The solution to difficult climatic conditions for haymaking

Of all the challenges in farming, making dry hay is one of the greatest. You need at least three, but more like four days in a row to harvest dry hay. Unlike other crops that you can harvest a few hours after a tenth of an inch of rain, this delays the production of dry hay by a day.

As I write this today, it’s pouring rain outside, even though the weather forecast only called for a 10% chance of rain. There is good hay because it gets a good wash. One way to bale hay in just a two-day weather window is to bale hay.

Bales are harvested at 65% moisture content or less, with an ideal moisture content of 45-55%. The pressing can be done up to 25% humidity, but it is not ideal. When pressing is done at either end of the 25-65% moisture range, it may not ferment properly and should be watched closely for poor quality.

eyes and ears

Monitoring fermentation and forage quality is essential. Bales often have a pH above 5 and low lactic acid values. The first line of fermentation monitoring is your eyes and nose. If you see a spoiled spot or the smell is different from other balls, do not feed this one. The balls should smell good; high butyric acid will smell very putrid.

Also watch out for holes in the plastic, as bullets near these areas pose an increased risk of botulism. Bales that get wet and ooze manure or squat during fermentation also experience unwanted fermentation and pose a risk to your livestock.


Another tool is a fermentation analysis. The first measurement is a simple pH analysis. The goal is a pH below 5, which inhibits secondary fermentation by Clostridia bacteria.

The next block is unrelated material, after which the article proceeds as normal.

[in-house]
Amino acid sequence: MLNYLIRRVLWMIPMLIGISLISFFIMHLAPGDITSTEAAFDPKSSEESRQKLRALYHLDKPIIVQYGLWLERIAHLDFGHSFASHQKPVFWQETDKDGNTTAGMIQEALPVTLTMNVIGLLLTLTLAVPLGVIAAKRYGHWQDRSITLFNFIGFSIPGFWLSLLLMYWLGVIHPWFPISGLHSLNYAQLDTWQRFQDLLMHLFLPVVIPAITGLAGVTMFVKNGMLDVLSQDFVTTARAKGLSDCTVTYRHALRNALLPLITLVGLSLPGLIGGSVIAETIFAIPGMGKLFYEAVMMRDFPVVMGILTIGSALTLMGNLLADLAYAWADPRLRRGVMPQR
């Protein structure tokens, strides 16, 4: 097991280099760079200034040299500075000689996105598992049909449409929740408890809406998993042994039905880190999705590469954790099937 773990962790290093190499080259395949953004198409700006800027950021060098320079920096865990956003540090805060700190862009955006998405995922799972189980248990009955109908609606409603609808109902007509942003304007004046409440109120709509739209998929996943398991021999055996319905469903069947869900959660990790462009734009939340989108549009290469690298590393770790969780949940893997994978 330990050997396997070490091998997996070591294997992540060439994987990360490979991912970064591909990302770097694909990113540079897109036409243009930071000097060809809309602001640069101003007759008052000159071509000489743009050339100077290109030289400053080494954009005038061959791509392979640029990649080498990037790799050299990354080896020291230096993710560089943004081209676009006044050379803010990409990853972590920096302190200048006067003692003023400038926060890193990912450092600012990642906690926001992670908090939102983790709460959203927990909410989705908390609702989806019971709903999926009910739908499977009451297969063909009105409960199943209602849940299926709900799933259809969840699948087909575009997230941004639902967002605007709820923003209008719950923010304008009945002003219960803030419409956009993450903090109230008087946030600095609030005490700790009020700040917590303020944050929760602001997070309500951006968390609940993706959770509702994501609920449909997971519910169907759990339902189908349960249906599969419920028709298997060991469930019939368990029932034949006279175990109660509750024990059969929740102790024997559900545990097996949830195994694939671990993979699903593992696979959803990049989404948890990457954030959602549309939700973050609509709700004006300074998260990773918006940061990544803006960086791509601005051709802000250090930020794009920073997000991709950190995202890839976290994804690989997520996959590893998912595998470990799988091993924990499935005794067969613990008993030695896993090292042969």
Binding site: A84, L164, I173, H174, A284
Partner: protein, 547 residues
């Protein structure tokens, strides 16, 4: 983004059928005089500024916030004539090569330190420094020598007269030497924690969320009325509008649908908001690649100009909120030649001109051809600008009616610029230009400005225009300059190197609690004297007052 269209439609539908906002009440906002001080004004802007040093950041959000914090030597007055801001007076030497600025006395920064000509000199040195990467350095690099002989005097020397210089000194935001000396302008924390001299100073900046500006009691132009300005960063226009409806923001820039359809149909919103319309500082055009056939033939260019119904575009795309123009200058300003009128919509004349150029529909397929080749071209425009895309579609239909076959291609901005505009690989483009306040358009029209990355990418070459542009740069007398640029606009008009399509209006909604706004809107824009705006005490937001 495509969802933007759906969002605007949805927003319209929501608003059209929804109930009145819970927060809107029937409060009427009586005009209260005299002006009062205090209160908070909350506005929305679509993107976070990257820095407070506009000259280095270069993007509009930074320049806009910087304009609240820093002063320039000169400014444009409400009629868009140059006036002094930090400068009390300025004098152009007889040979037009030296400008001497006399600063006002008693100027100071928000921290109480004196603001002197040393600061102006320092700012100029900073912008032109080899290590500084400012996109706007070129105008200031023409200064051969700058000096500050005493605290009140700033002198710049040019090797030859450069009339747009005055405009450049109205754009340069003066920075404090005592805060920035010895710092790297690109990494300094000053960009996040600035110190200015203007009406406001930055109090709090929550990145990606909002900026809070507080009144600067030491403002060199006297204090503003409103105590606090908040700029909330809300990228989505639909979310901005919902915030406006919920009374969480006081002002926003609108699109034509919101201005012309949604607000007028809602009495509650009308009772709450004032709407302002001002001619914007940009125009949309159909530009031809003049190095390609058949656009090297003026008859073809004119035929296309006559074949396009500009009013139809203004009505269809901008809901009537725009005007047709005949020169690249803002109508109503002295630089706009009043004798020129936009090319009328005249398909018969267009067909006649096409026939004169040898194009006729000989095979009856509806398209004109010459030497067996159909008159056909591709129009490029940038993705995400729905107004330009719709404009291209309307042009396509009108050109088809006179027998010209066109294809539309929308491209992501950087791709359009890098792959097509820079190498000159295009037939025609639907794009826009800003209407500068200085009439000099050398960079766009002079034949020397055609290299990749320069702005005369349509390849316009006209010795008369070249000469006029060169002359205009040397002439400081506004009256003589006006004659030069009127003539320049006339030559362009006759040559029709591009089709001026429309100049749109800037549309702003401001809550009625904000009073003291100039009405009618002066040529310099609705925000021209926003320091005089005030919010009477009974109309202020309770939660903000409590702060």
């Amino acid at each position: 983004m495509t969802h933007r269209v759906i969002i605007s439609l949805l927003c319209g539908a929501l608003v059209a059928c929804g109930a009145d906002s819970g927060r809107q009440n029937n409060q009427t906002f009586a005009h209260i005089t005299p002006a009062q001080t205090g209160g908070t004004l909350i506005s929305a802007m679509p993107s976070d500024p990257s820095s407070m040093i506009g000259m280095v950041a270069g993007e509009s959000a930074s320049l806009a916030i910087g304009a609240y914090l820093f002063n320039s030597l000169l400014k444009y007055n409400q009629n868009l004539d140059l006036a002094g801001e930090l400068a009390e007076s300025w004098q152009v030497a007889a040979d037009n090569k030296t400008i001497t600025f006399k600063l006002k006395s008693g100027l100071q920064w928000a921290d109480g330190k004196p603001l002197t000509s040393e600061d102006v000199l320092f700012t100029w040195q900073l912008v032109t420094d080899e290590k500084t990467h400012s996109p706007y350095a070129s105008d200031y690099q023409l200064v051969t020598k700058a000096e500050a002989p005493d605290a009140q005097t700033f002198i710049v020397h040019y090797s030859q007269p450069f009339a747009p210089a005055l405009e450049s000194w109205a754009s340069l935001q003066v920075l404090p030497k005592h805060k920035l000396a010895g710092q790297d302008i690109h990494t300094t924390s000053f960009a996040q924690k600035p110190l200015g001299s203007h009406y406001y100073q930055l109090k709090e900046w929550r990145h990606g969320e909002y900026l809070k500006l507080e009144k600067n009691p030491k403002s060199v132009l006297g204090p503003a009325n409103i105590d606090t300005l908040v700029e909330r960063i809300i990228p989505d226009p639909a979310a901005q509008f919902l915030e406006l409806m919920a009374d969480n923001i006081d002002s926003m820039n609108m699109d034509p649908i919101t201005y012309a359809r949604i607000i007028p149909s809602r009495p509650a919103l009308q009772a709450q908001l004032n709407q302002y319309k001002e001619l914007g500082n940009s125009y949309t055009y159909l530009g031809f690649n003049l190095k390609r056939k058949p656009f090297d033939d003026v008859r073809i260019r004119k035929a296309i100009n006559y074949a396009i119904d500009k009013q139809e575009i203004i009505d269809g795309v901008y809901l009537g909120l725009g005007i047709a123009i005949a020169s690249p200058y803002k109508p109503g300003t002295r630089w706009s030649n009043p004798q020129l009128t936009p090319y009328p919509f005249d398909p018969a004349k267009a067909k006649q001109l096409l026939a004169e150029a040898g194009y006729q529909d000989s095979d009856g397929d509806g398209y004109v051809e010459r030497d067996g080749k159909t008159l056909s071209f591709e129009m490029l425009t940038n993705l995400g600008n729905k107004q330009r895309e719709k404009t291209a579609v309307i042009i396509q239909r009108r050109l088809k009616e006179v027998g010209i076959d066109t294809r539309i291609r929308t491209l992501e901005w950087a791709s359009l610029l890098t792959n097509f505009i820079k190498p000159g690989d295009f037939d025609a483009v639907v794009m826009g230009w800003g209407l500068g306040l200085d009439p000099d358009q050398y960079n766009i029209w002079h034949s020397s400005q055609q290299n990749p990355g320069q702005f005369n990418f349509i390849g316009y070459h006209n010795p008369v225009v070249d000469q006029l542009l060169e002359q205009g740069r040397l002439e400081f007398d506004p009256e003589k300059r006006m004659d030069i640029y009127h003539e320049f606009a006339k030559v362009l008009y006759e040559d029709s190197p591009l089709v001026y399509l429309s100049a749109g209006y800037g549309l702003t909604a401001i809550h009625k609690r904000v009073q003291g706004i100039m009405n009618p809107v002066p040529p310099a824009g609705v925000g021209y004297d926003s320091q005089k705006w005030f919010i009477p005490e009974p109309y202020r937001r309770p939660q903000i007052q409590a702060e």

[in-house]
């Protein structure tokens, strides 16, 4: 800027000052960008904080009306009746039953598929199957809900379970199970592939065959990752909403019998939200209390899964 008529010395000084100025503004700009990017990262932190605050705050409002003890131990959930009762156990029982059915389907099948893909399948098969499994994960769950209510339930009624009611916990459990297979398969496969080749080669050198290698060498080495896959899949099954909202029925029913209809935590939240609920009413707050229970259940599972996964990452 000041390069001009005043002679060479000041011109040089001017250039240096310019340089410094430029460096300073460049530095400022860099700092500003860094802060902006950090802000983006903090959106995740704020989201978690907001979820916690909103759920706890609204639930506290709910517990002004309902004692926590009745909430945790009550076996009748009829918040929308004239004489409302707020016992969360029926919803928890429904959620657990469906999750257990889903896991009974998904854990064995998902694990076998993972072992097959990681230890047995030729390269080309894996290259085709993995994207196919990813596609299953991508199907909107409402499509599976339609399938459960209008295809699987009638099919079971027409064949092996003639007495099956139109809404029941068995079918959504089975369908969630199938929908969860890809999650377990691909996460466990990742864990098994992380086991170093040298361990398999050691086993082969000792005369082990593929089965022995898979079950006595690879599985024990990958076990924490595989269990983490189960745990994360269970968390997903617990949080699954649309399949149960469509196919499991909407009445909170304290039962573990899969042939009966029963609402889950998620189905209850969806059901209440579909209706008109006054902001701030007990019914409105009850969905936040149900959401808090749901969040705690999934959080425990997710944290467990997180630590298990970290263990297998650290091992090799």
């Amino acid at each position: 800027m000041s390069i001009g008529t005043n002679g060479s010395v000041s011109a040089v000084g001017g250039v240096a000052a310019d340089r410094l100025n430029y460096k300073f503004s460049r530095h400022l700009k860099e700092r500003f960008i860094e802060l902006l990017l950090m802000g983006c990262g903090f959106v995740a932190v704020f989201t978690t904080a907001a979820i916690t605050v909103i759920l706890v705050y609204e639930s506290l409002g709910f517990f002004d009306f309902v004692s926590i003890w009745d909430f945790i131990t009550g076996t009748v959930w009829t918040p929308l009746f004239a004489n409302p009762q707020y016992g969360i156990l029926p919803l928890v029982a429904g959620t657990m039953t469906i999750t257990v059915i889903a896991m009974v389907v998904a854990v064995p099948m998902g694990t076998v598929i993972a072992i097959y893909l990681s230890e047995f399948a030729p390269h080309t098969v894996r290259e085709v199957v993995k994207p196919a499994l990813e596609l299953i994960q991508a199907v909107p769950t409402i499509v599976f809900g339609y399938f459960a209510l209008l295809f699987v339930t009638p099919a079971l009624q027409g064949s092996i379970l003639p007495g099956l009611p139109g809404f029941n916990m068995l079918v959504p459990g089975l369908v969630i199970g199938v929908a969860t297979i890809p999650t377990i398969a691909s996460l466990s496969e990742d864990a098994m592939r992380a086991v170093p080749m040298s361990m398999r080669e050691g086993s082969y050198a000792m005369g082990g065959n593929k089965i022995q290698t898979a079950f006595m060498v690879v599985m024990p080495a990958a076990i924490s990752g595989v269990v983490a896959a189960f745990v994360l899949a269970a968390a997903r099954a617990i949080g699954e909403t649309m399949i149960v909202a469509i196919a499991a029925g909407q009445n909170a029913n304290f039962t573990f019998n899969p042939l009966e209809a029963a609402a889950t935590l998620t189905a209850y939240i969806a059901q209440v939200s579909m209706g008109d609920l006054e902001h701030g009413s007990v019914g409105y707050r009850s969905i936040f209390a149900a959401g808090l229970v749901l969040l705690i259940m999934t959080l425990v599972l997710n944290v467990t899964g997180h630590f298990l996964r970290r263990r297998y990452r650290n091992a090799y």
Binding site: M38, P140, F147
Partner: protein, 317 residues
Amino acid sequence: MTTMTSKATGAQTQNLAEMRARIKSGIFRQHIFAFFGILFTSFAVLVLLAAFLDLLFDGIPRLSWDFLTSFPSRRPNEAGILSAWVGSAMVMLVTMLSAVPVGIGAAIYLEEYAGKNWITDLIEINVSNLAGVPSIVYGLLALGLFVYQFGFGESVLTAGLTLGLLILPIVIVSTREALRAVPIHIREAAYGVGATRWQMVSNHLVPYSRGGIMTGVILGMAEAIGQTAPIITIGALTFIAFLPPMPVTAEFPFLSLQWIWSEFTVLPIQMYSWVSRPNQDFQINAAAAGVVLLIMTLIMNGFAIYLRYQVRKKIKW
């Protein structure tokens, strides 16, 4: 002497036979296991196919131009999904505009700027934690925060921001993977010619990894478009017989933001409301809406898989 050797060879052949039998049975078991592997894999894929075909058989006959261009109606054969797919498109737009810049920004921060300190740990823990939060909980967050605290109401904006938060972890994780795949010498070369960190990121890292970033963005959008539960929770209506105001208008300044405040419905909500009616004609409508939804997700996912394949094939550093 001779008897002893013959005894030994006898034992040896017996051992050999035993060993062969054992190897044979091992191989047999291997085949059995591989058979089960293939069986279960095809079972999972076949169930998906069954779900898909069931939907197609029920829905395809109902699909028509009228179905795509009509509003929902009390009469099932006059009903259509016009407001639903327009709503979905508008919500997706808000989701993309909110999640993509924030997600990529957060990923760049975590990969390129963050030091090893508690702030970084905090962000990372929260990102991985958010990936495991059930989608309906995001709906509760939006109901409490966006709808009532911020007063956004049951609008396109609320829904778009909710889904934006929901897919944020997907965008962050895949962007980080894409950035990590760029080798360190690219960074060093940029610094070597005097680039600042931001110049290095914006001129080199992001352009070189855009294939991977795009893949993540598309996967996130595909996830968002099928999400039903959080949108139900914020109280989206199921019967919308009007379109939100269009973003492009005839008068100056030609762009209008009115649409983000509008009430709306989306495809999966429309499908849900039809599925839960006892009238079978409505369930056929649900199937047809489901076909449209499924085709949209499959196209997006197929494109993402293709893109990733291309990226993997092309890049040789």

A pH above 5 does not mean the bales should be discarded, but indicates that further testing may be warranted, particularly if the hay has been baled too wet, has high ash content or high levels of butyric acid .

Butyric acid levels should be below 0.5% on a dry matter basis, with possible depression of intake starting at levels of 0.3%. Although there are many strains of Clostridial bacteria, one, Clostridia botulinum, causes botulism. Clostridial bacteria ferment sugars, lactic acid and proteins and often produce high levels of ammonia.

The next acid level to check is acetic acid, which should be less than 4% DM with a goal of 1-4% DM. Acetic acid inhibits yeast and mold growth and helps prevent balls from spoiling during feeding. High acetic acid often occurs in high moisture hay above 75% or when bales ferment slowly due to high protein content or loose bales with a lot of trapped oxygen.

Propionic acid is another one to watch with a target of less than 1% DM. High levels of propionic acid are an indicator that your forage did not have enough plant sugars available for fermentation. Lactic acid is the goal of good fermentation; it is the product of the anaerobic fermentation of soluble sugars and carbohydrates.

The objective is to have a minimum of 3% DM based on lactic acid. It should be the dominant acid in well-fermented husks, with higher amounts than acetic, propionic, or butyric acid. However, it is difficult to achieve 3% lactic acid or more, due to the long particle length and slow fermentation of the husks.

Besides acids, you can also check the percentage of ammonia-N of total N, which is the proportion of this nitrogen in the forage that is present as ammonia. Levels above 15% indicate that some Clostridial fermentation has occurred. High levels of ammonia are strongly associated with high levels of butyric acid.

Based on a standard forage analysis, ash content can also be a sign of problems. A standing crop has a DM base of 8-10% ash, with levels above 11% indicating that the bales have been contaminated with soil, which may be the germ of yeast and mold growth. Cereal fodder is more at risk, especially when planted conventionally.

The wider the row spacing, the greater the chance that soil will be picked up during the mowing and raking process.


While there’s a lot to watch out for when making and feeding bales, it’s a great tool to speed up the haymaking process. Just make sure you do it at the right humidity, not too wet. Make bales as dense as possible to limit the oxygen content of the bales and bale them as soon as possible after baling.


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